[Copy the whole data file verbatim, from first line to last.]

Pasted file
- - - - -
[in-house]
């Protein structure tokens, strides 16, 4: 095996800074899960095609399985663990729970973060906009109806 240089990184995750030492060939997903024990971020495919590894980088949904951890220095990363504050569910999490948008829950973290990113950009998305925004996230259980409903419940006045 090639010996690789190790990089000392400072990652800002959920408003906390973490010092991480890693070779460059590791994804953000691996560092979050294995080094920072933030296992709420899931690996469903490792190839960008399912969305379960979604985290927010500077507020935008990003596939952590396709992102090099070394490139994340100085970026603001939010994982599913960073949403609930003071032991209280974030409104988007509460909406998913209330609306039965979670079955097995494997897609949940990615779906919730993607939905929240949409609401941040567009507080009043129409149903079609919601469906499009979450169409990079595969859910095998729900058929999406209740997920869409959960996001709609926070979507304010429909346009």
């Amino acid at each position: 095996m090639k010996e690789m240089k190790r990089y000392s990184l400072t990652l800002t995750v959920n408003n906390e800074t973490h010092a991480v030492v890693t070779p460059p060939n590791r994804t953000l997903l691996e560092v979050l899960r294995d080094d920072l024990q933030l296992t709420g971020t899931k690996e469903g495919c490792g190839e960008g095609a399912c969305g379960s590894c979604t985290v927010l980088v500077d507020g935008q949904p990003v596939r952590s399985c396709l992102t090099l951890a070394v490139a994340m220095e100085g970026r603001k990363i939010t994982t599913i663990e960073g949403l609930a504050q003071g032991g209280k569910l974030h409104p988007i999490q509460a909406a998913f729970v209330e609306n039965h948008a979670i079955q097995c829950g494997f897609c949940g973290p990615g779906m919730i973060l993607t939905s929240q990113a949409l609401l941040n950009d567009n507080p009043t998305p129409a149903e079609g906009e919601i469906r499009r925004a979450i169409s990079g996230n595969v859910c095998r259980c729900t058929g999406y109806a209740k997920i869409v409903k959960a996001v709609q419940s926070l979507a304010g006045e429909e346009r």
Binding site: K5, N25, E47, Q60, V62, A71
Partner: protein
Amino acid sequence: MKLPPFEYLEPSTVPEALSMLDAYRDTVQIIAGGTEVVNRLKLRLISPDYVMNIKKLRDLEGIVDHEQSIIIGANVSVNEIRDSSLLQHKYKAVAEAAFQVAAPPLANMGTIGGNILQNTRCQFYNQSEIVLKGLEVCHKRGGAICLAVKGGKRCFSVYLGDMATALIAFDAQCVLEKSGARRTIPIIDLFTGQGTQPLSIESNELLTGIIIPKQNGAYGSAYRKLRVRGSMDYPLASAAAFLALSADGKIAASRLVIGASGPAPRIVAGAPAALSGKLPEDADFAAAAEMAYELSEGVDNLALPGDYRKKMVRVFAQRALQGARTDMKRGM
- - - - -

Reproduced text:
[in-house]
């Protein structure tokens, strides 16, 4: 095996800074899960095609399985663990729970973060906009109806 240089990184995750030492060939997903024990971020495919590894980088949904951890220095990363504050569910999490948008829950973290990113950009998305925004996230259980409903419940006045 090639010996690789190790990089000392400072990652800002959920408003906390973490010092991480890693070779460059590791994804953000691996560092979050294995080094920072933030296992709420899931690996469903490792190839960008399912969305379960979604985290927010500077507020935008990003596939952590396709992102090099070394490139994340100085970026603001939010994982599913960073949403609930003071032991209280974030409104988007509460909406998913209330609306039965979670079955097995494997897609949940990615779906919730993607939905929240949409609401941040567009507080009043129409149903079609919601469906499009979450169409990079595969859910095998729900058929999406209740997920869409959960996001709609926070979507304010429909346009």
């Amino acid at each position: 095996m090639k010996e690789m240089k190790r990089y000392s990184l400072t990652l800002t995750v959920n408003n906390e800074t973490h010092a991480v030492v890693t070779p460059p060939n590791r994804t953000l997903l691996e560092v979050l899960r294995d080094d920072l024990q933030l296992t709420g971020t899931k690996e469903g495919c490792g190839e960008g095609a399912c969305g379960s590894c979604t985290v927010l980088v500077d507020g935008q949904p990003v596939r952590s399985c396709l992102t090099l951890a070394v490139a994340m220095e100085g970026r603001k990363i939010t994982t599913i663990e960073g949403l609930a504050q003071g032991g209280k569910l974030h409104p988007i999490q509460a909406a998913f729970v209330e609306n039965h948008a979670i079955q097995c829950g494997f897609c949940g973290p990615g779906m919730i973060l993607t939905s929240q990113a949409l609401l941040n950009d567009n507080p009043t998305p129409a149903e079609g906009e919601i469906r499009r925004a979450i169409s990079g996230n595969v859910c095998r259980c729900t058929g999406y109806a209740k997920i869409v409903k959960a996001v709609q419940s926070l979507a304010g006045e429909e346009r």
Binding site: K5, N25, E47, Q60, V62, A71
Partner: protein
Amino acid sequence: MKLPPFEYLEPSTVPEALSMLDAYRDTVQIIAGGTEVVNRLKLRLISPDYVMNIKKLRDLEGIVDHEQSIIIGANVSVNEIRDSSLLQHKYKAVAEAAFQVAAPPLANMGTIGGNILQNTRCQFYNQSEIVLKGLEVCHKRGGAICLAVKGGKRCFSVYLGDMATALIAFDAQCVLEKSGARRTIPIIDLFTGQGTQPLSIESNELLTGIIIPKQNGAYGSAYRKLRVRGSMDYPLASAAAFLALSADGKIAASRLVIGASGPAPRIVAGAPAALSGKLPEDADFAAAAEMAYELSEGVDNLALPGDYRKKMVRVFAQRALQGARTDMKRGM